Executive Summary

Executive Summary: COVID-19

27 May 2020; 14:00 HRS GMT


  • Dr Doug Quarry
  • Professor John Oxford

The Executive Summary is produced weekly and contains in-depth analysis.

International SOS publishes a COVID-19 Daily Case Summary.


In this week’s edition of the International SOS COVID-19 Executive Summary we explore:

  • No one knows what is going to happen
  • Beware of a second peak in this first wave
  • Article / Journal roundup
  • Update on Texas
  • Focus on Brazil
  • A View from the Lab:Professor John Oxford
    • Tracking of COVID-19 in the USA - Imperial College London (report 23)
    • A new COVID-19 vaccine by the autumn?
    • A government led assessment of Roche and Abbott diagnostic antibody tests
    • Roche Elecsys anti SARS-COV-2 assay
    • Post script
    • The Abbott diagnostic test
    • Are politicians ‘hiding behind science to cover their errors of judgement”?


An opinion piece in the New York Times is prescient and worth reading. Below are selected paragraphs from the article. Dr Mark Lilla, Professor of Humanities at Columbia University in New York, emphasizes that we cannot predict the future.

“But it is a truth that humans have never been able to accept. People facing immediate danger want to hear an authoritative voice they can draw assurance from; they want to be told what will occur, how they should prepare, and that all will be well. We are not well designed, it seems, to live in uncertainty.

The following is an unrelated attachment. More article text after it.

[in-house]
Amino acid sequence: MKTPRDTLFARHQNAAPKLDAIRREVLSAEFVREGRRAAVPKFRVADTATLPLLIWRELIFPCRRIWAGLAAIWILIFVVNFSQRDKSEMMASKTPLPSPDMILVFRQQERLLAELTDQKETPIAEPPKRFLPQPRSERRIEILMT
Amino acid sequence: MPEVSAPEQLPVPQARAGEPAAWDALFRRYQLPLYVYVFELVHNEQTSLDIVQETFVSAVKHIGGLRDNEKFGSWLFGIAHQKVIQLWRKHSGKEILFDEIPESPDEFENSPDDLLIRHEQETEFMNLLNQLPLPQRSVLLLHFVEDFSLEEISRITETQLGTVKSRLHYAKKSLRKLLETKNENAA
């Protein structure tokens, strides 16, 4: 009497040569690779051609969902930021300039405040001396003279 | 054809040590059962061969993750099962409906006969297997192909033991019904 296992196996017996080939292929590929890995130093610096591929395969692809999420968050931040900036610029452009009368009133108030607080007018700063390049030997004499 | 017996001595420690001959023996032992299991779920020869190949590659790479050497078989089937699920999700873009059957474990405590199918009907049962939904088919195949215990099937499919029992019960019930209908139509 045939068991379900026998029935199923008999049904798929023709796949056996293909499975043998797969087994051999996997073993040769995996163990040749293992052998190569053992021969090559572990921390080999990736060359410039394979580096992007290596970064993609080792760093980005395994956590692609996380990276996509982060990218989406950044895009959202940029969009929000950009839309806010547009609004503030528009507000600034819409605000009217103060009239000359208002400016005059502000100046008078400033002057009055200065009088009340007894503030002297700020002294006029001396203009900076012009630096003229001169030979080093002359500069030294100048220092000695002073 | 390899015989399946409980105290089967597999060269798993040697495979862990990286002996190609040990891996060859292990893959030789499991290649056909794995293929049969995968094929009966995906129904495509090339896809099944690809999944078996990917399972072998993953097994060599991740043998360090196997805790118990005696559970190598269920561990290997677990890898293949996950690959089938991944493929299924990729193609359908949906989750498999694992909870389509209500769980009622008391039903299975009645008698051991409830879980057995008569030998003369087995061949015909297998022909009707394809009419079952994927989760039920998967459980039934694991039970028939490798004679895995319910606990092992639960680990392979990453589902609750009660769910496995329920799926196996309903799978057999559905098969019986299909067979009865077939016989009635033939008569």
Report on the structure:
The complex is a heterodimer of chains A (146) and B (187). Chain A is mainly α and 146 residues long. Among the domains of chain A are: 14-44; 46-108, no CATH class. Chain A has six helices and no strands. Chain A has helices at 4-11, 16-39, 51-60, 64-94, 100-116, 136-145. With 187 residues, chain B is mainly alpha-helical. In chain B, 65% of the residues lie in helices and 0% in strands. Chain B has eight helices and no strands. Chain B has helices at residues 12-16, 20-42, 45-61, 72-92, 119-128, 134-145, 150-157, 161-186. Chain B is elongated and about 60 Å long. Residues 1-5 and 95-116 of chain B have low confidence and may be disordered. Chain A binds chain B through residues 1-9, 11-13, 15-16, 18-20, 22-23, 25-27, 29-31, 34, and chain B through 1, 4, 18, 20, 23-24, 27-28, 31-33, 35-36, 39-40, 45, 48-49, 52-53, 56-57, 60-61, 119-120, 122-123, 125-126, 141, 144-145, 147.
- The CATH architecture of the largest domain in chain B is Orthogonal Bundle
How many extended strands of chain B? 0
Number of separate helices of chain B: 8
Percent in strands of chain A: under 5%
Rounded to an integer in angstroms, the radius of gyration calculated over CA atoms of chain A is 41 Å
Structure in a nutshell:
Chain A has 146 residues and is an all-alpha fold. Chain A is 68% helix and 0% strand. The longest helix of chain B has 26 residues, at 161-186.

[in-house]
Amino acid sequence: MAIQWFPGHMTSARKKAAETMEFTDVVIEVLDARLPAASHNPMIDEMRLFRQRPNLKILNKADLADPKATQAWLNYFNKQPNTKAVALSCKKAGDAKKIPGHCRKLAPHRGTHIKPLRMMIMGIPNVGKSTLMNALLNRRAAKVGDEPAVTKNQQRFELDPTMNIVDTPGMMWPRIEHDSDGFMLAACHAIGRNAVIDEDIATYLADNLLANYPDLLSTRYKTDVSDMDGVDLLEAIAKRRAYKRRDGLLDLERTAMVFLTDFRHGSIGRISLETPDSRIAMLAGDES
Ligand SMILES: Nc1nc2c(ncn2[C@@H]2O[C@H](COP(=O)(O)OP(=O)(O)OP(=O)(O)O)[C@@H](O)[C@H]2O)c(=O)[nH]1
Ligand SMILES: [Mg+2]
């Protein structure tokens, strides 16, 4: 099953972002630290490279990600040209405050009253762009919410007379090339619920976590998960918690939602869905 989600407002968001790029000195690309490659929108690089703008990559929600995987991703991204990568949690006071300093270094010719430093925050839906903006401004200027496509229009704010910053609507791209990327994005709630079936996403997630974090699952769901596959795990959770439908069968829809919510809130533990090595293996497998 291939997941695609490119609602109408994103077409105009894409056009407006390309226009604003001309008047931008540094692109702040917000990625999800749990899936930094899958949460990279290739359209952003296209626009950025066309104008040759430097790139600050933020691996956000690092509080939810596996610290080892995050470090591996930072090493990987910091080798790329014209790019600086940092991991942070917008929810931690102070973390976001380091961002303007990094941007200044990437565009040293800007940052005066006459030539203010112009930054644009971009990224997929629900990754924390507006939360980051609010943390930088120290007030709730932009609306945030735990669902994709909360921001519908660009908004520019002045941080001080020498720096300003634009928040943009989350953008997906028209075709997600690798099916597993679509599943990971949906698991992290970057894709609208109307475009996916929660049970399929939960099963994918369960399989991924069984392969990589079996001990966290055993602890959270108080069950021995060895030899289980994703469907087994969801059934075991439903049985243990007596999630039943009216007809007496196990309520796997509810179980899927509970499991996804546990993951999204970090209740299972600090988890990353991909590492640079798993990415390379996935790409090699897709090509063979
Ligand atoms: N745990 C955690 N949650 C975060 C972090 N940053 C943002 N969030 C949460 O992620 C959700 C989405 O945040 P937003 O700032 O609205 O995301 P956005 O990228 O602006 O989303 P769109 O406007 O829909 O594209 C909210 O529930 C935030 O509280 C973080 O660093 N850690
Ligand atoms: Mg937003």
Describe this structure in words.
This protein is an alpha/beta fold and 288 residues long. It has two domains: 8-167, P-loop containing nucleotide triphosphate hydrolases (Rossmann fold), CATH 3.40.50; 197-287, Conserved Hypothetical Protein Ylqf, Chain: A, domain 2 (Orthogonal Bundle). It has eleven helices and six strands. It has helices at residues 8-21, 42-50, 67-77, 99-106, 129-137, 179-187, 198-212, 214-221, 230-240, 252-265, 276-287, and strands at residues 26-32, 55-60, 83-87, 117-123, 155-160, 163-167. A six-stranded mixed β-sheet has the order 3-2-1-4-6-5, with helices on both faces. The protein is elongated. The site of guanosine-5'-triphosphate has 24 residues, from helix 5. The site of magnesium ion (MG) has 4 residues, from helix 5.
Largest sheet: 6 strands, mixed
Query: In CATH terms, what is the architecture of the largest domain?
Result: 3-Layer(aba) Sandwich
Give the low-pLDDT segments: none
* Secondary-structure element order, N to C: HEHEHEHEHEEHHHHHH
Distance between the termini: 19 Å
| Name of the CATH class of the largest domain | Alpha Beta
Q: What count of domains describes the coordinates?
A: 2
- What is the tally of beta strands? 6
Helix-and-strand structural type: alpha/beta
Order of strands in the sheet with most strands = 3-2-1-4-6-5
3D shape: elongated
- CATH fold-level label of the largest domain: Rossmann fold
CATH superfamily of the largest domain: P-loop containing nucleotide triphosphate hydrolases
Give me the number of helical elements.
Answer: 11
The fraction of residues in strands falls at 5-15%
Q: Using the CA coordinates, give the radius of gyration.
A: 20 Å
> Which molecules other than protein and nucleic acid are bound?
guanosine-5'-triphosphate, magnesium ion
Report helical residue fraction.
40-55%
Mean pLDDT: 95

“The history of humanity is the history of impatience. Not only do we want knowledge of the future, we want it when we want it.

“When the gods are silent, human beings take things into their own hands. In religions, where the divine was thought to inscribe its messages in the natural world, specialists were taught to take auspices from the disposition of stars in the sky, from decks of cards, dice, a pile of sticks, a candle flame, a bowl of oily water, or the liver of some poor sheep. With these materials, battles could be planned, plagues predicted, and bad marriages avoided.

“Our addiction to economic forecasting is far more consequential. Here the footnotes really do matter but politicians and the press encourage magical thinking. The candidate declares: “My plan will create 205,000 new jobs, raise the Dow 317 points and lower the price of gasoline 15 cents.”

“The public square is thick today with augurs and prophets claiming to foresee the post-COVID world to come. I, myself, who find sundown something of a surprise every evening, have been pursued by foreign journalists asking what the pandemic will mean for the American presidential election, populism, the prospects of socialism, race relations, economic growth, higher education, New York City politics and more. And they seem awfully put out when I say I have no idea.